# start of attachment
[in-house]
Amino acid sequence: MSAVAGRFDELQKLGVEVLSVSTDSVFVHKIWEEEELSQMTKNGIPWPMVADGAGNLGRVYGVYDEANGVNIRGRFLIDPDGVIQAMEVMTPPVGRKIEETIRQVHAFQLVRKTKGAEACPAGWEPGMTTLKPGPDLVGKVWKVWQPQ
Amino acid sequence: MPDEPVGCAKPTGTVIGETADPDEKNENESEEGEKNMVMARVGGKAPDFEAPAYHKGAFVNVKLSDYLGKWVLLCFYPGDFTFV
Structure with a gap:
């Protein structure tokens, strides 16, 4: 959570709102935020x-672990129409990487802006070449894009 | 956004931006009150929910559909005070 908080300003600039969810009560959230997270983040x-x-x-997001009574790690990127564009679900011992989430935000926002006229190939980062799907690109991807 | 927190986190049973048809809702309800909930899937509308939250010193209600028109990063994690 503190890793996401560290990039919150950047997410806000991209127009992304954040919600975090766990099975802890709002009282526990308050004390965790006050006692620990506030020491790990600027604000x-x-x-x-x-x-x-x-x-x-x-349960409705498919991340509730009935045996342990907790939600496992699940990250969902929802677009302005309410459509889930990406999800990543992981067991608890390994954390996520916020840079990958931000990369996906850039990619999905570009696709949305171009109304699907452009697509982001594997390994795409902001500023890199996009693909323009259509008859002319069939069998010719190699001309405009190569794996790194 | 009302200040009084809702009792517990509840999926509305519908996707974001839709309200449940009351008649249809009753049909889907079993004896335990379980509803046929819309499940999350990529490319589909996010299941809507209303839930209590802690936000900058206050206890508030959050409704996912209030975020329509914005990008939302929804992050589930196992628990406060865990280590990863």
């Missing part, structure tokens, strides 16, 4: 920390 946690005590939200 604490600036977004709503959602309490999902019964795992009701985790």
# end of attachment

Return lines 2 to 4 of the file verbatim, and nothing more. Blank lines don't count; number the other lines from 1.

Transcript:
Amino acid sequence: MSAVAGRFDELQKLGVEVLSVSTDSVFVHKIWEEEELSQMTKNGIPWPMVADGAGNLGRVYGVYDEANGVNIRGRFLIDPDGVIQAMEVMTPPVGRKIEETIRQVHAFQLVRKTKGAEACPAGWEPGMTTLKPGPDLVGKVWKVWQPQ
Amino acid sequence: MPDEPVGCAKPTGTVIGETADPDEKNENESEEGEKNMVMARVGGKAPDFEAPAYHKGAFVNVKLSDYLGKWVLLCFYPGDFTFV
Structure with a gap: